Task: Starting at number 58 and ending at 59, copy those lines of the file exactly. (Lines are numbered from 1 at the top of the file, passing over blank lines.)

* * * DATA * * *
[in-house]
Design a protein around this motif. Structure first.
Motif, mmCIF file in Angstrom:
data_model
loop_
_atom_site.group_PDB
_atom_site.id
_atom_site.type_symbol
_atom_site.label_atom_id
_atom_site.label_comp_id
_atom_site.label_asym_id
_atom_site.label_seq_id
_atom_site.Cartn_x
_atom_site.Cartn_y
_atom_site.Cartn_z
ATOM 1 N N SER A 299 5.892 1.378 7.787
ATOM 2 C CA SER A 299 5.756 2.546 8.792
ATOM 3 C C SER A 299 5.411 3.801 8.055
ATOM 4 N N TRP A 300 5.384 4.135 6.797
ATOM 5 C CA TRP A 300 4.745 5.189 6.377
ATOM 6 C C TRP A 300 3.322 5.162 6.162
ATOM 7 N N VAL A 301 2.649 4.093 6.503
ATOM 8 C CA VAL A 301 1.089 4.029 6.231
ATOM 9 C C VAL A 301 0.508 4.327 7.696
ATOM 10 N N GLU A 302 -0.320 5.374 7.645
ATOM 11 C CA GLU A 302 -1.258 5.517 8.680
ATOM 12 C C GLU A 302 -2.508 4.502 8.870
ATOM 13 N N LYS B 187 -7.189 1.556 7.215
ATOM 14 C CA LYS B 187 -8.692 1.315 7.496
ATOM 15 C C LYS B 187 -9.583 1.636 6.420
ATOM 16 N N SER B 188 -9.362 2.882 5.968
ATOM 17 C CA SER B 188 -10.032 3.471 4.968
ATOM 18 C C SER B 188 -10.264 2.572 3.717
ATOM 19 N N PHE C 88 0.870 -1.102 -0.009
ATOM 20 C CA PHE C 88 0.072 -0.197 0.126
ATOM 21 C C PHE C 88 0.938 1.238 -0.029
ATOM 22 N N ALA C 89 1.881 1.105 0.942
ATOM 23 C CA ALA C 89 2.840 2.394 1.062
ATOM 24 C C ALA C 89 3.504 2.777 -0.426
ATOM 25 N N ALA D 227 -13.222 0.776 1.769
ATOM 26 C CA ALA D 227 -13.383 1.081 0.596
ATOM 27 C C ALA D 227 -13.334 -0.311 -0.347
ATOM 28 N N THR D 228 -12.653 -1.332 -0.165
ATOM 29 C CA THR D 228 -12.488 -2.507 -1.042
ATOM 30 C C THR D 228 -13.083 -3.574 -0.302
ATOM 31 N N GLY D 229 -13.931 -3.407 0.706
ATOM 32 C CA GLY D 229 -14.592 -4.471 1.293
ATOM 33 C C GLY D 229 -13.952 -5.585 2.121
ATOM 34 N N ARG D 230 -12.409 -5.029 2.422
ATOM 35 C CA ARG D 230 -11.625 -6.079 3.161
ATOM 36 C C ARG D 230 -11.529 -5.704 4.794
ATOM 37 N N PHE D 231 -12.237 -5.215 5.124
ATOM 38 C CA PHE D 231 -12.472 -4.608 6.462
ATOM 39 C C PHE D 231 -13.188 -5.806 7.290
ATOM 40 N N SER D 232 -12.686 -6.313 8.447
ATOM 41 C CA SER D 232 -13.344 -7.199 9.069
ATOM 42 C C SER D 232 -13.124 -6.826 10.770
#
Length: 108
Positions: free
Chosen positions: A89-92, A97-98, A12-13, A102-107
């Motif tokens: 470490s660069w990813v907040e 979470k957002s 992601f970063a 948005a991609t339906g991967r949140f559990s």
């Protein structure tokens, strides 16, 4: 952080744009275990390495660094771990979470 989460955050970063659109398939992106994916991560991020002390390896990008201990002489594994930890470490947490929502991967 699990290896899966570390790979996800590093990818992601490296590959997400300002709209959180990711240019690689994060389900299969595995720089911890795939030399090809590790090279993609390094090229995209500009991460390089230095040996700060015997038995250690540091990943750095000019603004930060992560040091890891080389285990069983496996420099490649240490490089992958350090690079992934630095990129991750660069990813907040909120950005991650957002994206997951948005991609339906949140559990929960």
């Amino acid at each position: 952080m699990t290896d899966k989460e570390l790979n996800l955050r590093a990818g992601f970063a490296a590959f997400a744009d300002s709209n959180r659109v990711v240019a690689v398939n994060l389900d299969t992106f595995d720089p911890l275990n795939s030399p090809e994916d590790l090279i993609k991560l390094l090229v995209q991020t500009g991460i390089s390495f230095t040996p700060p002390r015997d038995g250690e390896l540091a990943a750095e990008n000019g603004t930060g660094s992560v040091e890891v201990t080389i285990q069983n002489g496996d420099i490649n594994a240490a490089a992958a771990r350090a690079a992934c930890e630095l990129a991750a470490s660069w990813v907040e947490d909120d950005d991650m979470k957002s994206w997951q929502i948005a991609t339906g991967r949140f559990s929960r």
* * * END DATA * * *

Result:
#
Length: 108